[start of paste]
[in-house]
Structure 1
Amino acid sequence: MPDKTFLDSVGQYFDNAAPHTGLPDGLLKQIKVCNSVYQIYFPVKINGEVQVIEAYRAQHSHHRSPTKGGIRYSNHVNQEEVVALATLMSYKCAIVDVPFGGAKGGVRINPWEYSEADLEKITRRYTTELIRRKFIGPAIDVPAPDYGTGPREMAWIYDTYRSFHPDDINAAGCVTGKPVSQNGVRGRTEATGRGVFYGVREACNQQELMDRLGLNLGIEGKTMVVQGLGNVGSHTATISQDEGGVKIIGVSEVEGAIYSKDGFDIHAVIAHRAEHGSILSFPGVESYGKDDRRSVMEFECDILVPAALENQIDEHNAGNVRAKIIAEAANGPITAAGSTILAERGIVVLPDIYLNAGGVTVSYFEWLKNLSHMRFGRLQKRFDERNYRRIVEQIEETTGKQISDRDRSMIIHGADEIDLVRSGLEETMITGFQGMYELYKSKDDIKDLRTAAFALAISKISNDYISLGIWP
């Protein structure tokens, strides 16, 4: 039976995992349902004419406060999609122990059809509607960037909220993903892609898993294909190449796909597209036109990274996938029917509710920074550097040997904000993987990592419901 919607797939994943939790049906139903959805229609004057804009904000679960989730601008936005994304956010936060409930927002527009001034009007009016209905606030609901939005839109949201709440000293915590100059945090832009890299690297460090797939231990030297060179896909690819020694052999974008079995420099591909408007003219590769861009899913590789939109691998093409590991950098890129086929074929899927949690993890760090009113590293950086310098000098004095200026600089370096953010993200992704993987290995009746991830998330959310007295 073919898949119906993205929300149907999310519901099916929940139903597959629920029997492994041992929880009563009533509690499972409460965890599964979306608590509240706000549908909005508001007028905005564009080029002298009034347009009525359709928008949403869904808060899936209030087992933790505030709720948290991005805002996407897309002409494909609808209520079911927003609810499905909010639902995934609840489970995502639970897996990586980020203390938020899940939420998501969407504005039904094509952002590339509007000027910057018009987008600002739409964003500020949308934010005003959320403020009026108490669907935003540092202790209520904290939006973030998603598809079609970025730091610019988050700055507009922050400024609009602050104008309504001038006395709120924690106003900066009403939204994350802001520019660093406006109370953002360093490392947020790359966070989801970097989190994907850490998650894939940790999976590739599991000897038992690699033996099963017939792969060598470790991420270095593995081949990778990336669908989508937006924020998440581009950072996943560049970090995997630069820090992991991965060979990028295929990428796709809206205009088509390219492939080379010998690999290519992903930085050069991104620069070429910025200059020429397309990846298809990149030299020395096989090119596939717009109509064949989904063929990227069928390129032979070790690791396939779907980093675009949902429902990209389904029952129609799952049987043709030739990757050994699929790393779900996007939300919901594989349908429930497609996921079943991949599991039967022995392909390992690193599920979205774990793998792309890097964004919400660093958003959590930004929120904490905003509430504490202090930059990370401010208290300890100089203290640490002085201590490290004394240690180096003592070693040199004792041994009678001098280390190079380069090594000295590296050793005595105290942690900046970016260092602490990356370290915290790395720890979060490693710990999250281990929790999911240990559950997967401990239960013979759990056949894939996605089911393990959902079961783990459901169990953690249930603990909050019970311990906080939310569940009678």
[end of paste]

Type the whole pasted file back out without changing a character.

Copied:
[in-house]
Structure 1
Amino acid sequence: MPDKTFLDSVGQYFDNAAPHTGLPDGLLKQIKVCNSVYQIYFPVKINGEVQVIEAYRAQHSHHRSPTKGGIRYSNHVNQEEVVALATLMSYKCAIVDVPFGGAKGGVRINPWEYSEADLEKITRRYTTELIRRKFIGPAIDVPAPDYGTGPREMAWIYDTYRSFHPDDINAAGCVTGKPVSQNGVRGRTEATGRGVFYGVREACNQQELMDRLGLNLGIEGKTMVVQGLGNVGSHTATISQDEGGVKIIGVSEVEGAIYSKDGFDIHAVIAHRAEHGSILSFPGVESYGKDDRRSVMEFECDILVPAALENQIDEHNAGNVRAKIIAEAANGPITAAGSTILAERGIVVLPDIYLNAGGVTVSYFEWLKNLSHMRFGRLQKRFDERNYRRIVEQIEETTGKQISDRDRSMIIHGADEIDLVRSGLEETMITGFQGMYELYKSKDDIKDLRTAAFALAISKISNDYISLGIWP
């Protein structure tokens, strides 16, 4: 039976995992349902004419406060999609122990059809509607960037909220993903892609898993294909190449796909597209036109990274996938029917509710920074550097040997904000993987990592419901 919607797939994943939790049906139903959805229609004057804009904000679960989730601008936005994304956010936060409930927002527009001034009007009016209905606030609901939005839109949201709440000293915590100059945090832009890299690297460090797939231990030297060179896909690819020694052999974008079995420099591909408007003219590769861009899913590789939109691998093409590991950098890129086929074929899927949690993890760090009113590293950086310098000098004095200026600089370096953010993200992704993987290995009746991830998330959310007295 073919898949119906993205929300149907999310519901099916929940139903597959629920029997492994041992929880009563009533509690499972409460965890599964979306608590509240706000549908909005508001007028905005564009080029002298009034347009009525359709928008949403869904808060899936209030087992933790505030709720948290991005805002996407897309002409494909609808209520079911927003609810499905909010639902995934609840489970995502639970897996990586980020203390938020899940939420998501969407504005039904094509952002590339509007000027910057018009987008600002739409964003500020949308934010005003959320403020009026108490669907935003540092202790209520904290939006973030998603598809079609970025730091610019988050700055507009922050400024609009602050104008309504001038006395709120924690106003900066009403939204994350802001520019660093406006109370953002360093490392947020790359966070989801970097989190994907850490998650894939940790999976590739599991000897038992690699033996099963017939792969060598470790991420270095593995081949990778990336669908989508937006924020998440581009950072996943560049970090995997630069820090992991991965060979990028295929990428796709809206205009088509390219492939080379010998690999290519992903930085050069991104620069070429910025200059020429397309990846298809990149030299020395096989090119596939717009109509064949989904063929990227069928390129032979070790690791396939779907980093675009949902429902990209389904029952129609799952049987043709030739990757050994699929790393779900996007939300919901594989349908429930497609996921079943991949599991039967022995392909390992690193599920979205774990793998792309890097964004919400660093958003959590930004929120904490905003509430504490202090930059990370401010208290300890100089203290640490002085201590490290004394240690180096003592070693040199004792041994009678001098280390190079380069090594000295590296050793005595105290942690900046970016260092602490990356370290915290790395720890979060490693710990999250281990929790999911240990559950997967401990239960013979759990056949894939996605089911393990959902079961783990459901169990953690249930603990909050019970311990906080939310569940009678």